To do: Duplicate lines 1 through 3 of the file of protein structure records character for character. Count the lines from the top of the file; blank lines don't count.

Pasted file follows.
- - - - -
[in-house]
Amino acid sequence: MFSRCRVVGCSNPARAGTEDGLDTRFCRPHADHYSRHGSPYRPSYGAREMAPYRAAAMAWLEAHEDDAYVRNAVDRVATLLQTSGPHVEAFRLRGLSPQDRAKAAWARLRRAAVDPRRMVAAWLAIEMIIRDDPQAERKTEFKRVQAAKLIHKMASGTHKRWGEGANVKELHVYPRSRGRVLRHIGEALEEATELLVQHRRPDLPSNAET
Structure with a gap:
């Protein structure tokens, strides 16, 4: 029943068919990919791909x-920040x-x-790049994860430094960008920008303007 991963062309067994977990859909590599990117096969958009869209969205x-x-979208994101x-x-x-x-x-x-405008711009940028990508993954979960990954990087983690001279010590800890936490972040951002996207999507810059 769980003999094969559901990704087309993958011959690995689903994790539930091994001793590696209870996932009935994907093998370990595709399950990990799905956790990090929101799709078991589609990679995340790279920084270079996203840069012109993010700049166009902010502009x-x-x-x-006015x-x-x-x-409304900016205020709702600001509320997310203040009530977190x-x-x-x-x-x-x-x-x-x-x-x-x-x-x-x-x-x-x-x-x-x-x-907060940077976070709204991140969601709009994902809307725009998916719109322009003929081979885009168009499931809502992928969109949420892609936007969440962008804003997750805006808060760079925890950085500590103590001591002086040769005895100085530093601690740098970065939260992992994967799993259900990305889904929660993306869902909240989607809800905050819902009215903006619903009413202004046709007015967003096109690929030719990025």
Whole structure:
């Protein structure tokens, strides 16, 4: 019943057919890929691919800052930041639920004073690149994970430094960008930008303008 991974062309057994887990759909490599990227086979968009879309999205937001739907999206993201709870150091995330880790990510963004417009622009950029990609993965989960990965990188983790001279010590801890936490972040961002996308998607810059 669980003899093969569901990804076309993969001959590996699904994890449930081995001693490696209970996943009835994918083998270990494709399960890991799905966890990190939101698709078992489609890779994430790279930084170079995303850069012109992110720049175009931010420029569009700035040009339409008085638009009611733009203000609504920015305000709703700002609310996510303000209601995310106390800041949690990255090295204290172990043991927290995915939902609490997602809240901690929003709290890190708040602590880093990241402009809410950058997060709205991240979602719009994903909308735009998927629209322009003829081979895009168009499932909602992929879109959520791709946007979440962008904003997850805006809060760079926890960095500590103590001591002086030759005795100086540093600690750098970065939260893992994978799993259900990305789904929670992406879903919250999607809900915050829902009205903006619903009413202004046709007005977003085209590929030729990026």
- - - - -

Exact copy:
[in-house]
Amino acid sequence: MFSRCRVVGCSNPARAGTEDGLDTRFCRPHADHYSRHGSPYRPSYGAREMAPYRAAAMAWLEAHEDDAYVRNAVDRVATLLQTSGPHVEAFRLRGLSPQDRAKAAWARLRRAAVDPRRMVAAWLAIEMIIRDDPQAERKTEFKRVQAAKLIHKMASGTHKRWGEGANVKELHVYPRSRGRVLRHIGEALEEATELLVQHRRPDLPSNAET
Structure with a gap: